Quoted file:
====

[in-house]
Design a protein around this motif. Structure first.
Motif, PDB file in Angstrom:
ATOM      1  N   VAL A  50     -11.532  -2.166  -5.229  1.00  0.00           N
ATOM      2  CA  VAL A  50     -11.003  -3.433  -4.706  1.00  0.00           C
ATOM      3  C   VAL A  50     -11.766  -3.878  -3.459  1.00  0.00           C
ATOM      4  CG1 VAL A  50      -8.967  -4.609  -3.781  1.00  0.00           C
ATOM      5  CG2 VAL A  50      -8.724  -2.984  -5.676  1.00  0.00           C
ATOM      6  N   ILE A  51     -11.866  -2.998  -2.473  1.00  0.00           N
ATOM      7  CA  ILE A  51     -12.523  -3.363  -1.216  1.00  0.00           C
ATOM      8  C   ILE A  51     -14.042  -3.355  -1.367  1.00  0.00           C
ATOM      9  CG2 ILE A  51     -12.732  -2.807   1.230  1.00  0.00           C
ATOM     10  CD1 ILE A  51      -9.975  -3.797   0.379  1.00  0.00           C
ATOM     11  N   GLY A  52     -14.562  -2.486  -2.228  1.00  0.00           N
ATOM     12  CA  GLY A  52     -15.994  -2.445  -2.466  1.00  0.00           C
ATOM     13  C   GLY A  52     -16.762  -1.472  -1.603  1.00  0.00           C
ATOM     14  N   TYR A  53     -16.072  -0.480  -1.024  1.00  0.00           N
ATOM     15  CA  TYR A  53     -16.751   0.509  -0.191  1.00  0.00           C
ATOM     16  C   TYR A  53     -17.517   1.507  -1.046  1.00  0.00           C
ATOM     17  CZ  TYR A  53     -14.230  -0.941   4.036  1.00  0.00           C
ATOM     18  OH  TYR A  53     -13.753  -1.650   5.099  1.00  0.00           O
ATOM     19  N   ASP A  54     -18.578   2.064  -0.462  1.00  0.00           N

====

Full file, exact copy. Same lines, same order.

[in-house]
Design a protein around this motif. Structure first.
Motif, PDB file in Angstrom:
ATOM      1  N   VAL A  50     -11.532  -2.166  -5.229  1.00  0.00           N
ATOM      2  CA  VAL A  50     -11.003  -3.433  -4.706  1.00  0.00           C
ATOM      3  C   VAL A  50     -11.766  -3.878  -3.459  1.00  0.00           C
ATOM      4  CG1 VAL A  50      -8.967  -4.609  -3.781  1.00  0.00           C
ATOM      5  CG2 VAL A  50      -8.724  -2.984  -5.676  1.00  0.00           C
ATOM      6  N   ILE A  51     -11.866  -2.998  -2.473  1.00  0.00           N
ATOM      7  CA  ILE A  51     -12.523  -3.363  -1.216  1.00  0.00           C
ATOM      8  C   ILE A  51     -14.042  -3.355  -1.367  1.00  0.00           C
ATOM      9  CG2 ILE A  51     -12.732  -2.807   1.230  1.00  0.00           C
ATOM     10  CD1 ILE A  51      -9.975  -3.797   0.379  1.00  0.00           C
ATOM     11  N   GLY A  52     -14.562  -2.486  -2.228  1.00  0.00           N
ATOM     12  CA  GLY A  52     -15.994  -2.445  -2.466  1.00  0.00           C
ATOM     13  C   GLY A  52     -16.762  -1.472  -1.603  1.00  0.00           C
ATOM     14  N   TYR A  53     -16.072  -0.480  -1.024  1.00  0.00           N
ATOM     15  CA  TYR A  53     -16.751   0.509  -0.191  1.00  0.00           C
ATOM     16  C   TYR A  53     -17.517   1.507  -1.046  1.00  0.00           C
ATOM     17  CZ  TYR A  53     -14.230  -0.941   4.036  1.00  0.00           C
ATOM     18  OH  TYR A  53     -13.753  -1.650   5.099  1.00  0.00           O
ATOM     19  N   ASP A  54     -18.578   2.064  -0.462  1.00  0.00           N